In anticipation of the U. S. Supreme Court's decisions regarding the constitutionality of the government's evacuation program and the authority of the WRA to detain and control the movements of loyal U.S. citizens in the Korematsu and End cases (Further information on these cases will be considered in Chapter 16 of this study.) that would be delivered on December 18, 1944, the Western Defense Command issued a directive that incorporated changes in Circular No. 19 affecting the functions of the military police at relocation centers. On March 28, 1944, the circular had been amended to mandate that the military police would not allow persons to pass the centers' gates without proper authority from the project directors. On December 1, this section of the circular was further amended to revise the mission of the guard forces at the relocation centers:

No person shall be permitted to enter or leave a War Relocation Project Area without a proper permit issued for these purposes either by the C[ommanding] G[eneral] , W[estern] D[efense] C[ommand] or by the Project Director. Persons of Japanese ancestry to whom an individual order or certificate has been issued by the CG, WDC, exempting them from all provisions pertaining exclusively to persons of Japanese ancestry, contained in the Proclamations, Exclusion Orders, and Civilian Restrictive Orders pertaining to persons of Japanese ancestry, issued by this headquarters, including Public Proclamation No. 8, dated 27 June 1942, and the Civilian Restrictive Orders issued thereunder, shall be allowed, on or after the effective date of such individual order or certificate, to leave War Relocation Project Areas, and such individual orders or certificates of exemption shall be accepted as permits to depart from the said Project Areas.

The foregoing paragraph shall not be construed as authorization for an individual who is the subject of an Individual Exclusion Order to enter, travel in or be in the area of Western Defense Command from which said individual has been excluded. Such authorization must be obtained by separate permit or certificate from the Commanding General, Western Defense Command. [40]

This revision was forwarded by the Ninth Service Command to the military detachment at Manzanar on December 9 1944. [41]

Security Measures at Manzanar During Closing Phases of the Camp, 1945

On December 17, 1944, the Western Defense Command issued Public Proclamation No. 21, lifting, with reservations, the exclusion of persons of Japanese ancestry from the west coast, effective January 2, 1945. All persons of Japanese ancestry unless their records indicated that they were potentially dangerous to national security, could return to the west coast effective January 20. [42]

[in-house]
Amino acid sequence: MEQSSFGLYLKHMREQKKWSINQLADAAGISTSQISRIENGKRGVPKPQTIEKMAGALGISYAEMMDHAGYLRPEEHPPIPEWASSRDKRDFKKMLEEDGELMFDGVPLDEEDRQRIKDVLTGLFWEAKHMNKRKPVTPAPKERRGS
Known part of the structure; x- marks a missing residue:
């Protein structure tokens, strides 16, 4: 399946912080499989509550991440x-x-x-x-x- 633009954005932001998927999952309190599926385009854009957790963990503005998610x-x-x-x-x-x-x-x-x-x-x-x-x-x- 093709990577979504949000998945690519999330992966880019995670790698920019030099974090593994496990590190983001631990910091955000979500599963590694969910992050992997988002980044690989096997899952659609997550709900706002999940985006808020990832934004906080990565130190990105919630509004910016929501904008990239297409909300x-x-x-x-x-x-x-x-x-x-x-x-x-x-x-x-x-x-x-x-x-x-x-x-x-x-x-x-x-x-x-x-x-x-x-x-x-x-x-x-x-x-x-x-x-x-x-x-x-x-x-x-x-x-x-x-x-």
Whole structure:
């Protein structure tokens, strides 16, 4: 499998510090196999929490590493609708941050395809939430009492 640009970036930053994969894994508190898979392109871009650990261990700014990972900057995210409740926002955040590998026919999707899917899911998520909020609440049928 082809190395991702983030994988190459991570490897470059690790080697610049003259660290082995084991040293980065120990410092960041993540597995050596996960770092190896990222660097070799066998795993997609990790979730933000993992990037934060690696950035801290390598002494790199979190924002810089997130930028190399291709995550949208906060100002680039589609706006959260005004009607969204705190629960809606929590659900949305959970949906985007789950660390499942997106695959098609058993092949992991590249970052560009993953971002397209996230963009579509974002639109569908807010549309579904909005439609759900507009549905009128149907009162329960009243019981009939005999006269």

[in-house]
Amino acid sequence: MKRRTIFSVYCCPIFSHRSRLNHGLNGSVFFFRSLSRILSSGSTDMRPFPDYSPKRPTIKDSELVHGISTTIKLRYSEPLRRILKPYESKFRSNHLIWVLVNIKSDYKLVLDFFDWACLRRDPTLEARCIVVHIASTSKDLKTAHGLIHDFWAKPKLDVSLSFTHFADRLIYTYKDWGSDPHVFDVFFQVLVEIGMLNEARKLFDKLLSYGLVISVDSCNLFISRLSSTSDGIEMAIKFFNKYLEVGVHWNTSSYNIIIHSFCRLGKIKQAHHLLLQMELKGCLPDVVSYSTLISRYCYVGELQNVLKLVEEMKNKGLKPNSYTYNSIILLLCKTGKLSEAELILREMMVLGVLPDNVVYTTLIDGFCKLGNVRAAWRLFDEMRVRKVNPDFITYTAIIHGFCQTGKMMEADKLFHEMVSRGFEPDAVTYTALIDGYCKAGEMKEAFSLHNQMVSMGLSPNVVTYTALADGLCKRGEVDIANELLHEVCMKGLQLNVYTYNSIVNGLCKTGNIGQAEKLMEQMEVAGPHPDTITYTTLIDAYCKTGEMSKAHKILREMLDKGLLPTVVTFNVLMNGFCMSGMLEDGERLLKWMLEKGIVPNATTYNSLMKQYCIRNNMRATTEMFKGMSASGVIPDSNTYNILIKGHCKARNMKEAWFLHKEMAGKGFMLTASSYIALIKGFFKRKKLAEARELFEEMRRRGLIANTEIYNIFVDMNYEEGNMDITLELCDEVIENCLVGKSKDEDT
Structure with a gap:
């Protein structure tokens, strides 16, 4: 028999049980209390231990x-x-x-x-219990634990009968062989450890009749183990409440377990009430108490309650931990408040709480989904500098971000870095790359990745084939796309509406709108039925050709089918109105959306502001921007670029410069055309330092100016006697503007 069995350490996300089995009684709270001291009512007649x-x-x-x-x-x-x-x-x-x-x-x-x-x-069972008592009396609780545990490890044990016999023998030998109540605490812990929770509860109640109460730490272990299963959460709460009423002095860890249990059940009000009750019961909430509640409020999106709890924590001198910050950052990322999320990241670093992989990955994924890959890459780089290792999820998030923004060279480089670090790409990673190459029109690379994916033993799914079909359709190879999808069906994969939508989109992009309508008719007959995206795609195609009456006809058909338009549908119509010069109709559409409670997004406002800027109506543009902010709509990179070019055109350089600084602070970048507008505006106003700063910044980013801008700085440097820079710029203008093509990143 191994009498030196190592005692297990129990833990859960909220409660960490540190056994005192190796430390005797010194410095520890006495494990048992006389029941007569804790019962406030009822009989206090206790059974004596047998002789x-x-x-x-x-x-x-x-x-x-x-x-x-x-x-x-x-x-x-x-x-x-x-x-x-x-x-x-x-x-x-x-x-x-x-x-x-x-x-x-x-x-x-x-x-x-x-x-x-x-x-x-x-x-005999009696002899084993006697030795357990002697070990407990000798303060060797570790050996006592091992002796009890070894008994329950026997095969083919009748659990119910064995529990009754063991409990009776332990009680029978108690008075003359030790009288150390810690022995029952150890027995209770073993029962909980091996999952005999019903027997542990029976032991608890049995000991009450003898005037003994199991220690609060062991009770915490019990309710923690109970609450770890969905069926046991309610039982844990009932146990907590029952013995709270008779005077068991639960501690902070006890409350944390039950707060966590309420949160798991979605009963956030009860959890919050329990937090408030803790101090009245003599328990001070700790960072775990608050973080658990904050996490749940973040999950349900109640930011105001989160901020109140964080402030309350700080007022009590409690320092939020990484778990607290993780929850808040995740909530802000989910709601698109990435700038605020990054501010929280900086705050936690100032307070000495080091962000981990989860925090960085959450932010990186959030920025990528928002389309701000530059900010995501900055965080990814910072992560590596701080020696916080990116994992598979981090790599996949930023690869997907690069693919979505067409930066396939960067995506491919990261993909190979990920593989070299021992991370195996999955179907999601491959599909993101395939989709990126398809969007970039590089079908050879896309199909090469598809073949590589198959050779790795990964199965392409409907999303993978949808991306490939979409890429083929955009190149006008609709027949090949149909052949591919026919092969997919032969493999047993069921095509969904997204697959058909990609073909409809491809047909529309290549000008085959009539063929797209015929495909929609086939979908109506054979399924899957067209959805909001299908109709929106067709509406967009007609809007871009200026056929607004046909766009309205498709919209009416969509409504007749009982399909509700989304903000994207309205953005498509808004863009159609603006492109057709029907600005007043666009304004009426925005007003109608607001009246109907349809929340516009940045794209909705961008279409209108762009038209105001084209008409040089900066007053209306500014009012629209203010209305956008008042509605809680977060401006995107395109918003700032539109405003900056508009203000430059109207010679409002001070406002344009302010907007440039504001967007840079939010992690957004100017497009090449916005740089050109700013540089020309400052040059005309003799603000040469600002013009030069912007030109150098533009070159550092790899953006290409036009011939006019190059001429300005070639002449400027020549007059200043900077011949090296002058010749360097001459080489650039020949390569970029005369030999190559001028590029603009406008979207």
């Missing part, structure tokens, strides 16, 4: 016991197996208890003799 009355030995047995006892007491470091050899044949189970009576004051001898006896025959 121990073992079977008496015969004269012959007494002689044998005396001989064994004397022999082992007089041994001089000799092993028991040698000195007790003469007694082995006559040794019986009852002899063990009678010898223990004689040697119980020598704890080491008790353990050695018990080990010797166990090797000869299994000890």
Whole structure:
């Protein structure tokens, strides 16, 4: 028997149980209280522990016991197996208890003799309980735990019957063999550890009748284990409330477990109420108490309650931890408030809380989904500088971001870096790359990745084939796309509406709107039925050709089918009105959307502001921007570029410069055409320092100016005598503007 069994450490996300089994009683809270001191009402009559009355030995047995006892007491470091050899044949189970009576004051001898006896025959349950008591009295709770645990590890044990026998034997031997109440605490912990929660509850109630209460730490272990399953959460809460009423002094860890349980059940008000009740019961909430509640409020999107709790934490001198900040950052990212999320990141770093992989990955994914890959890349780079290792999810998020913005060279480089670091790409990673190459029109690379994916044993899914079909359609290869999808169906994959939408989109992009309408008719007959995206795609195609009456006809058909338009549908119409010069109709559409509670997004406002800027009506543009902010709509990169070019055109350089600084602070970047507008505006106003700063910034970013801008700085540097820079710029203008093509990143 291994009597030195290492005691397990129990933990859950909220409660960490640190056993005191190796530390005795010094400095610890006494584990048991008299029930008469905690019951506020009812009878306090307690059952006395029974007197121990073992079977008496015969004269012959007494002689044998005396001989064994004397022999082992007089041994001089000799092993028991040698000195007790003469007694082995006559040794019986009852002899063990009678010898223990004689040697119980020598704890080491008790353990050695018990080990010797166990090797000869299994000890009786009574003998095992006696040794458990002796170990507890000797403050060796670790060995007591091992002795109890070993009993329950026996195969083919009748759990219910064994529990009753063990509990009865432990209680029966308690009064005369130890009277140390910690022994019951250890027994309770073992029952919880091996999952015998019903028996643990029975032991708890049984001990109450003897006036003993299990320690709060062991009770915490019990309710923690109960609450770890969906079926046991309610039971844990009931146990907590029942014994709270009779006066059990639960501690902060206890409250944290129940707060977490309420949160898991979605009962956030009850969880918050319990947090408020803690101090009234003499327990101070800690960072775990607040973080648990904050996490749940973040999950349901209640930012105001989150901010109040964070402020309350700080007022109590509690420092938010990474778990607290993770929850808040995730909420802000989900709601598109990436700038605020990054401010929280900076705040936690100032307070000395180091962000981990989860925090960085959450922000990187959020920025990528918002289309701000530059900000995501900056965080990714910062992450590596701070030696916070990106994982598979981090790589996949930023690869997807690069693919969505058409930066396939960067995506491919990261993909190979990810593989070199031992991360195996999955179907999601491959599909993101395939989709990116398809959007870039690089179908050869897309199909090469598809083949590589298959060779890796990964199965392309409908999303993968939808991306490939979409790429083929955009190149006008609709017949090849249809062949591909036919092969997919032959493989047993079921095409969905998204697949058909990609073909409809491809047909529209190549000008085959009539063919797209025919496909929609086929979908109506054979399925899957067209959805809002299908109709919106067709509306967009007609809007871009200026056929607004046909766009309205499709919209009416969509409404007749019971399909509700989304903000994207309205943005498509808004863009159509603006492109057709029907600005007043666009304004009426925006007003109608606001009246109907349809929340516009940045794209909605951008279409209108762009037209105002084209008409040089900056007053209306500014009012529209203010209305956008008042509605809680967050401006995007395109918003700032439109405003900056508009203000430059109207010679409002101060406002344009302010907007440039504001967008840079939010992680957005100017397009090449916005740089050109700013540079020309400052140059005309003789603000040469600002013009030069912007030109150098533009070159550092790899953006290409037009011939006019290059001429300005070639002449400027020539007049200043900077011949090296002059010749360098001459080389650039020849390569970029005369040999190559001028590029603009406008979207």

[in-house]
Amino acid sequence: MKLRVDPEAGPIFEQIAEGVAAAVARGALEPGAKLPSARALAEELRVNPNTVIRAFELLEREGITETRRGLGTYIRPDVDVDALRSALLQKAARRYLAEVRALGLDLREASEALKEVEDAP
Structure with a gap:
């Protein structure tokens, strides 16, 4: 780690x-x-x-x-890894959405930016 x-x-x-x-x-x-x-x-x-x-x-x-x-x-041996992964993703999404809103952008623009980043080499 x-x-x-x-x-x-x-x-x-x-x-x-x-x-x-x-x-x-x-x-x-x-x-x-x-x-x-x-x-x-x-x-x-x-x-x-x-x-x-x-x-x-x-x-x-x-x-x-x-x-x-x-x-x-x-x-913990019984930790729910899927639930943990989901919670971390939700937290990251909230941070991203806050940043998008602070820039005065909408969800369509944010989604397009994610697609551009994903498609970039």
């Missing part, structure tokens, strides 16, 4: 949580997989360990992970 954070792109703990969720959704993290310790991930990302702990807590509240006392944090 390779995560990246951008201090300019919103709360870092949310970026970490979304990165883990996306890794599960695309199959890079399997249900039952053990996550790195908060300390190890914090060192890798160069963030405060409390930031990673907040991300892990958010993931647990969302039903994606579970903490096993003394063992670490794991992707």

Following the issuance of Public Proclamation No. 21, Merritt issued two bulletins to the Manzanar evacuees concerning the use of cameras in the center and revoking the earlier regulations prohibiting contraband in the camp. With the issuance of Public Proclamation No. 21, the WRA, according to Project Director's Bulletin No. 74, February 19, 1945, determined that there was "no longer any reason why citizen evacuee residents" of the centers could "not bring cameras" into the camps "and use them freely." The possession and use of cameras by Japanese aliens was still forbidden under alien enemy regulations issued by the Department of Justice. To protect the right of privacy of the evacuee residents, commercial photographers and all visitors would continue to have to obtain permits in order to use cameras and take pictures within the center area.

That same day Merritt issued Project Director's Bulletin No. 75 revoking previous regulations prohibiting contraband in the center. The bulletin noted that effective January 2, 1945, there were "no contraband regulations which are applicable to American citizens of Japanese ancestry who are not excluded." WRA regulations, however, would continue to prohibit the possession of "short wave radio receiving sets in any of the relocation centers." Project regulations would also continue to prohibit "the possession in the Center of radio transmitting sets or devices which could be used for radio transmission, fire arms or weapons of any kind, ammunition, and all things other than cameras which are listed under alien regulations as contraband for aliens." [43]